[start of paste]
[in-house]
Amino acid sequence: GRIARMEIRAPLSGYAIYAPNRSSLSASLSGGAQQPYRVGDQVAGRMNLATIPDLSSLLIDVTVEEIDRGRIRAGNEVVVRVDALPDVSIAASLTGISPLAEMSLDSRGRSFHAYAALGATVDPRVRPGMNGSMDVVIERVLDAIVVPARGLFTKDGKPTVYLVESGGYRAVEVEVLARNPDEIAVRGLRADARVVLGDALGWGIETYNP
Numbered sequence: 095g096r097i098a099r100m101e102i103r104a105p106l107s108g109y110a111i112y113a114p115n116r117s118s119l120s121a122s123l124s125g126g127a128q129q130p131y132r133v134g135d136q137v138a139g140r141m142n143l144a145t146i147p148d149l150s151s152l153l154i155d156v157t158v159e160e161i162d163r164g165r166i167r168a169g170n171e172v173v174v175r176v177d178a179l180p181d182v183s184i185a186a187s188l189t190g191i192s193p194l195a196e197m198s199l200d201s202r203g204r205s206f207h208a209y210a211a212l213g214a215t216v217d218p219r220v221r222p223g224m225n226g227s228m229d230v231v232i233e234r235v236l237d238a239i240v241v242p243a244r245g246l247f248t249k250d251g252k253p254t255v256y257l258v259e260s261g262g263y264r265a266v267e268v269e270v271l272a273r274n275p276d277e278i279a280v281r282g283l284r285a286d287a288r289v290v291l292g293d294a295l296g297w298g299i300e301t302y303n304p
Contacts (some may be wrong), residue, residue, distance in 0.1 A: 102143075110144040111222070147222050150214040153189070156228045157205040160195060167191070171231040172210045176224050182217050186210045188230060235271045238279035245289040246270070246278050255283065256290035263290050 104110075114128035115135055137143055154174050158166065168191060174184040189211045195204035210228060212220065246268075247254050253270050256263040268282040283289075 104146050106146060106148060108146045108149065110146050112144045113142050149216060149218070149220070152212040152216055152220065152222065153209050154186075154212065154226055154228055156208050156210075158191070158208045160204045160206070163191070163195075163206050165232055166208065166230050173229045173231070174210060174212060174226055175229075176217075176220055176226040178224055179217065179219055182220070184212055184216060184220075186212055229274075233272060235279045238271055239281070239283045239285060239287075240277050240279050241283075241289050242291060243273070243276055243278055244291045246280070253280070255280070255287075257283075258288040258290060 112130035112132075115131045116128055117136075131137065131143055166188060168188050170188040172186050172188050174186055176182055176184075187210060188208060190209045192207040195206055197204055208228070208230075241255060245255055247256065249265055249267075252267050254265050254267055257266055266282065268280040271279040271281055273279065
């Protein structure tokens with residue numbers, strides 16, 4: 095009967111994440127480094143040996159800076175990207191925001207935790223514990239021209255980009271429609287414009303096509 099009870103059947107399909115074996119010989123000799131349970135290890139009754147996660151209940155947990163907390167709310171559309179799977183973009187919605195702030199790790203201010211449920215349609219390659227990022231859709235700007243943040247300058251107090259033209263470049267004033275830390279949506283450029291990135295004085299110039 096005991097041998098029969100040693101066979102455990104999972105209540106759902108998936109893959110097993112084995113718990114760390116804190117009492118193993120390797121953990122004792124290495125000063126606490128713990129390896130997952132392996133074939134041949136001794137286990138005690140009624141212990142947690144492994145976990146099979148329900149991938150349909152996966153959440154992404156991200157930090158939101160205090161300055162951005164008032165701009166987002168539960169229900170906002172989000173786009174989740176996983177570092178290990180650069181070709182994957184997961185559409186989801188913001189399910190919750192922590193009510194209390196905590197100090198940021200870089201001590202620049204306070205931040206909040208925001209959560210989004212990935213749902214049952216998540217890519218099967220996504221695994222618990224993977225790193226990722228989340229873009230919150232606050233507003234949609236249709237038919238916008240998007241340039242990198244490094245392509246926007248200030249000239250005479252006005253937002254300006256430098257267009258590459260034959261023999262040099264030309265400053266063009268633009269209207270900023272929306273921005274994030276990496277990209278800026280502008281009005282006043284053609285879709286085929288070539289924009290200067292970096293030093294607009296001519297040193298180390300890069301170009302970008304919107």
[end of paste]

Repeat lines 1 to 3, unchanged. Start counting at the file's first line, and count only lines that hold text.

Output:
[in-house]
Amino acid sequence: GRIARMEIRAPLSGYAIYAPNRSSLSASLSGGAQQPYRVGDQVAGRMNLATIPDLSSLLIDVTVEEIDRGRIRAGNEVVVRVDALPDVSIAASLTGISPLAEMSLDSRGRSFHAYAALGATVDPRVRPGMNGSMDVVIERVLDAIVVPARGLFTKDGKPTVYLVESGGYRAVEVEVLARNPDEIAVRGLRADARVVLGDALGWGIETYNP
Numbered sequence: 095g096r097i098a099r100m101e102i103r104a105p106l107s108g109y110a111i112y113a114p115n116r117s118s119l120s121a122s123l124s125g126g127a128q129q130p131y132r133v134g135d136q137v138a139g140r141m142n143l144a145t146i147p148d149l150s151s152l153l154i155d156v157t158v159e160e161i162d163r164g165r166i167r168a169g170n171e172v173v174v175r176v177d178a179l180p181d182v183s184i185a186a187s188l189t190g191i192s193p194l195a196e197m198s199l200d201s202r203g204r205s206f207h208a209y210a211a212l213g214a215t216v217d218p219r220v221r222p223g224m225n226g227s228m229d230v231v232i233e234r235v236l237d238a239i240v241v242p243a244r245g246l247f248t249k250d251g252k253p254t255v256y257l258v259e260s261g262g263y264r265a266v267e268v269e270v271l272a273r274n275p276d277e278i279a280v281r282g283l284r285a286d287a288r289v290v291l292g293d294a295l296g297w298g299i300e301t302y303n304p